One of the best and most unexpected perks of researching the history of sex education in South Africa is receiving the occasional invitation to talk or write about my work. At the end of last year, I presented a lecture to a group of clever, articulate young women at the University of Johannesburg who were interested in how history could be used to bust myths about sex and sexuality in contemporary South Africa. I had no difficulty at all in convincing my audience that sex education can be a feminist project. As publications such as Our Bodies, Ourselves (1970) and movements around the world to educate women and girls about sex, contraception, and their reproductive organs have shown since the early twentieth century, sexual knowledge can be a powerfully liberatory force.
But this liberation has always been complicated. Perhaps unsurprisingly, this is particularly so in South Africa, where formal sex education has long been racialized. Of course, sex education has been used around the world as a tool of social engineering: it attempts to inculcate the kinds of sexual behaviors that policy makers, educators, health professionals, clergy, and social reformers desire for the future. In South Africa, sex education was used both to construct and reinforce racial boundaries and police sexual behavior during the segregationist (1910-1948) and apartheid (1948-1994) eras, as well as by liberation movements in the 1980s and 1990s seeking to remake gender relations in a post-apartheid nation.
Put another way, sex education could provide the means for young people — and particularly girls — to make decisions over their reproductive lives, but it was also put to use in the marginalization and even criminalization of black people and those with non-normative sexual identities. The debates over girls’ sexuality and sex education within South Africa’s nascent feminist movement in the early twentieth century illustrates particularly well sex education’s power both to liberate and (literally) to disenfranchise.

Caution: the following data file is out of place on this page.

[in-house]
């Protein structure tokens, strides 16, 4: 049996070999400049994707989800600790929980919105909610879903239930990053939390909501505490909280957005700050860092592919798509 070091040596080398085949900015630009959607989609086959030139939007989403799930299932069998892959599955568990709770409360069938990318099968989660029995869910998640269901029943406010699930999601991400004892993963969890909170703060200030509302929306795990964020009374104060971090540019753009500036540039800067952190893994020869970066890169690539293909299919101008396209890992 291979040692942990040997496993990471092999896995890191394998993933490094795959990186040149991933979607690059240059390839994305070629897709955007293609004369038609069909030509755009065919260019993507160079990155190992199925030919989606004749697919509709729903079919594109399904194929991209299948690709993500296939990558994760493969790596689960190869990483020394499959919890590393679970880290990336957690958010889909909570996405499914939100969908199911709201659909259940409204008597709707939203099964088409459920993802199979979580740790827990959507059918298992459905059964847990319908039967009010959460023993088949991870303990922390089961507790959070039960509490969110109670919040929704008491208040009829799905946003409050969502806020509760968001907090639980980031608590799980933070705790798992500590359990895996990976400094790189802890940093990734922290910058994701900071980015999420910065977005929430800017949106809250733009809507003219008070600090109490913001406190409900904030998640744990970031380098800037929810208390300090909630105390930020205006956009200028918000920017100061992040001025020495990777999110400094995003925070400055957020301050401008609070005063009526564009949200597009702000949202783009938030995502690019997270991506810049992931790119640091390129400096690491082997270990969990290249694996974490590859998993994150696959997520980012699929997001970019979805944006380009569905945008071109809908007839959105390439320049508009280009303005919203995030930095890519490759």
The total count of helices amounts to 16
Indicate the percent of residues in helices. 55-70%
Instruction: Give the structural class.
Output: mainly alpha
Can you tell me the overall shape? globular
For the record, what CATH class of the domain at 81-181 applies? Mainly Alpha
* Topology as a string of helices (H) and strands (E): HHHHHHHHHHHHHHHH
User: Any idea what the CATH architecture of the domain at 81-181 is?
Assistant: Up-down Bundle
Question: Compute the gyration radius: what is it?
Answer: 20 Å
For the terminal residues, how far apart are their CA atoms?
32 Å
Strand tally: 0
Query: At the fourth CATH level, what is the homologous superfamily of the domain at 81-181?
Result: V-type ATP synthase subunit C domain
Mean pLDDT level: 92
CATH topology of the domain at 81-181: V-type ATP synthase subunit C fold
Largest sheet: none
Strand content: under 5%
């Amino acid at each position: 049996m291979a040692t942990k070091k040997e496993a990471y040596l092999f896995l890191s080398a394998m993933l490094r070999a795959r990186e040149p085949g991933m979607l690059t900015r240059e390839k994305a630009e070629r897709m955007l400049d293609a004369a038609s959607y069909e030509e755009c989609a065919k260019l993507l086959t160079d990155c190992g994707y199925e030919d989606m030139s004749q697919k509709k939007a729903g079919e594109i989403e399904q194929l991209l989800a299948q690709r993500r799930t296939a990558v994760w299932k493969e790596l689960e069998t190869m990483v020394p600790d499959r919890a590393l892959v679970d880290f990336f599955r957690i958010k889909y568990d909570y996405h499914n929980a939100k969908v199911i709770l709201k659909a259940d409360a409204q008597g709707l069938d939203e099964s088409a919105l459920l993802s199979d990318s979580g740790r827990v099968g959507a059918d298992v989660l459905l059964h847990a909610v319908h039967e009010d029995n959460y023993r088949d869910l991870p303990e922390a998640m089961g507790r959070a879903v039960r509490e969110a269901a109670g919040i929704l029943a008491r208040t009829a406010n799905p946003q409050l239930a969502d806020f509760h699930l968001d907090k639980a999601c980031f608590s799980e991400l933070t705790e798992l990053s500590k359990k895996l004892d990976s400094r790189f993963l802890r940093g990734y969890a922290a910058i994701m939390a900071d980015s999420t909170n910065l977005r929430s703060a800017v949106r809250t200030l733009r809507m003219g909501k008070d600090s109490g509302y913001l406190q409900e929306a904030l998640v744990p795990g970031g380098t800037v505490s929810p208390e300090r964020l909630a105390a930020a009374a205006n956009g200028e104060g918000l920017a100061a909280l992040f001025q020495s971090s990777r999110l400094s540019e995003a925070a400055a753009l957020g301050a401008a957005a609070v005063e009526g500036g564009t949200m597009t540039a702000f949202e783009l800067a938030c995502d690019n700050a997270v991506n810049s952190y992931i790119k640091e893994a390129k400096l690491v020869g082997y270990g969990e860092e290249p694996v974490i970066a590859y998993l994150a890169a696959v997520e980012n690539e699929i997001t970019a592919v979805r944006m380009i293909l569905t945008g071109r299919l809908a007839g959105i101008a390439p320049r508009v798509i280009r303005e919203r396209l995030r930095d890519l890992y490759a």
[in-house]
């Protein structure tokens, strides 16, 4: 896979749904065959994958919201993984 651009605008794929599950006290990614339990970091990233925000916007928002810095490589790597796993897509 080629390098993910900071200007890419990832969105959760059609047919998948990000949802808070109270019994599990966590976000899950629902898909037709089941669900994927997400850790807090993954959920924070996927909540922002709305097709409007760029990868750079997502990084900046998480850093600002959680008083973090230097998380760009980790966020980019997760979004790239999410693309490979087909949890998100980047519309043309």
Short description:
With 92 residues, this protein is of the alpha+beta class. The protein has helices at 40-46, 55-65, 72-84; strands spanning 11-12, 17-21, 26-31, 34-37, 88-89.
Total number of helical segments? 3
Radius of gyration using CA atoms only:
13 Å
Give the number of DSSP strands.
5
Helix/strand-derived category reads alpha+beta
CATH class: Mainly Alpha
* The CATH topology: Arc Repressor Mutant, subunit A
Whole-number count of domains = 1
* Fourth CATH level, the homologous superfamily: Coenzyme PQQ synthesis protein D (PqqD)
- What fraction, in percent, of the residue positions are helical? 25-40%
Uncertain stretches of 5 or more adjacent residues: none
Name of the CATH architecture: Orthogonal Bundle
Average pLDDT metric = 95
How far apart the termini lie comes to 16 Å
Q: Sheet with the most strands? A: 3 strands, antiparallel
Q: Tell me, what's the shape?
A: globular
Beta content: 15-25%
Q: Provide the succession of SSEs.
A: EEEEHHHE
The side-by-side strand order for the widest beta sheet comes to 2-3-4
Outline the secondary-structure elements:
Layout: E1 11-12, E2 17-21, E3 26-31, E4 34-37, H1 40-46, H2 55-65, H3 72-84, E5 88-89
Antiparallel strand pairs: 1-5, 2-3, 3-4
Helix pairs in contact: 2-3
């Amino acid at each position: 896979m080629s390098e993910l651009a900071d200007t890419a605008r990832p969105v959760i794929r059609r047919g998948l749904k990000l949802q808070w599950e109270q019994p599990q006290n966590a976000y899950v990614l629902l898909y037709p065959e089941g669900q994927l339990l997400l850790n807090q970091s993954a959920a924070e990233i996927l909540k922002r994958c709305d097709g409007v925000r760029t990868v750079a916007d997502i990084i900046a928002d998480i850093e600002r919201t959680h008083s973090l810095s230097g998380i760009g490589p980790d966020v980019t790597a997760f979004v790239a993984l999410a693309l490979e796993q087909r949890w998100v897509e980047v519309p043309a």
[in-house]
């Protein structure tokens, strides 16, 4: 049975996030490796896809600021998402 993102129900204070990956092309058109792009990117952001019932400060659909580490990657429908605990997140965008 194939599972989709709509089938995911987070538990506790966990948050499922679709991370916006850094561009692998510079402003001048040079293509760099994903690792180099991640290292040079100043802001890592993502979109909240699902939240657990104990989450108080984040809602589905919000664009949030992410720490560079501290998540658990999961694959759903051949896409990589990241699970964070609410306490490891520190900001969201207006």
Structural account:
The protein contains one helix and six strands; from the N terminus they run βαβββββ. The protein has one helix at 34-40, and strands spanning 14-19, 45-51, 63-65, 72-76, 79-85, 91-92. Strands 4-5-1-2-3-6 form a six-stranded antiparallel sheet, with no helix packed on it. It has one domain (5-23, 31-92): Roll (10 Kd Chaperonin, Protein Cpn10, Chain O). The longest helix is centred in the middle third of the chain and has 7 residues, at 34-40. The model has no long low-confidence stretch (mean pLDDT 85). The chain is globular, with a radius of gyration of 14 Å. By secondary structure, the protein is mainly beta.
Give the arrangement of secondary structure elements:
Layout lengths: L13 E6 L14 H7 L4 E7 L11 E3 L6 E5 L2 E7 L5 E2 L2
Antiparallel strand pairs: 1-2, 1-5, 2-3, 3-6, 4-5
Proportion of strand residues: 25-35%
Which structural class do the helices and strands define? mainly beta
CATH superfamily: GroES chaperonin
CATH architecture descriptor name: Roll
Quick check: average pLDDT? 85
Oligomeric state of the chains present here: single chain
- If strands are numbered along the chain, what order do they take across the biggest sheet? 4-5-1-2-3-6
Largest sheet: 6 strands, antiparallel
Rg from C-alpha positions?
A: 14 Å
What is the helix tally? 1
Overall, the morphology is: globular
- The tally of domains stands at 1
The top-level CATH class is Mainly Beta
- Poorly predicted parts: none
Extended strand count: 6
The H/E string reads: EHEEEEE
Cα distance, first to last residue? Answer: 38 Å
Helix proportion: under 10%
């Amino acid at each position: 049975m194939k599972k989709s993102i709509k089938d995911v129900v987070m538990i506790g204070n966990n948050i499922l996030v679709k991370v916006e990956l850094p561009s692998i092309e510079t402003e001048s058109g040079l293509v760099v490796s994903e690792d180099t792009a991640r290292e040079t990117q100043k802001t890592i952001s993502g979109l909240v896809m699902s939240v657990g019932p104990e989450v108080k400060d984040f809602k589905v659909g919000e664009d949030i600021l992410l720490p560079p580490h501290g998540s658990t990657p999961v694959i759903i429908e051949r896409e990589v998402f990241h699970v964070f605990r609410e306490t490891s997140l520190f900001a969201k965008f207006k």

In 1911 — a year after the declaration of the Union of South Africa — a coalition of local women’s suffrage organizations established the Women’s Enfranchisement Association of the Union of South Africa (WEAU) to campaign for women’s right to vote, as well as to promote and protect the rights of women. Historians have focused particularly on the WEAU’s decision in the 1920s to demand the extension of the franchise only to white women, as a result of which several prominent South African feminists, including writer and socialist Olive Schreiner, broke with the movement. Yet the pursuit only of white women’s right to vote was foreshadowed by the WEAU’s preoccupations in the 1910s — particularly in relation to young white women’s sexuality.
Echoing similar arguments abroad about the importance of sexual knowledge for happy companionate marriages, the WEAU became increasingly convinced of the need to provide sex education at home and at school to boys and girls so that they could learn “the lesson that love and marriage were the most serious relationships of life,” as a speaker at one WEAU meeting put it.1
“Sex hygiene” had the potential not only to encourage social equality between men and women, but was also part of the process by which girls “could be educated to be more than mothers — human beings, and self-dependent.”2 The WEAU was interested simultaneously in opening up possibilities for girls by encouraging school attendance and post-school employment, and in protecting girls from predatory men. South Africa in the early twentieth century was especially preoccupied with the latter concern.
The social change attendant on industrialization since the end of the nineteenth century, war, and massive urbanization gave rise to a range of panics over illicit sexual behavior — including the perceived sexual threat posed by black men to white women. Despite widespread acknowledgment that white men posed more of a threat to black women, two commissions of enquiry into the so-called “black peril” were convened in 1912 and 1913.
The WEAU was convinced that if taught to men too, sex education could certainly prevent attacks on women: sex education should teach respect both for women and the sanctity of sex in marriage. But many within the suffrage movement suggested that more needed to be done to protect white girls — and especially from black men.
The commissioners who investigated the “black peril” recommended a range of interventions to ward off the threat to white women, one of which was raising the age of consent for white girls. The WEAU had already begun to raise this issue within public discourse in 1912. As Philippa Levine remarks, similar campaigns around the British Empire linked a higher age of consent to “notions of responsibility, adulthood and, above all, citizenship as these are understood in legal, in political, and in cultural arenas.”3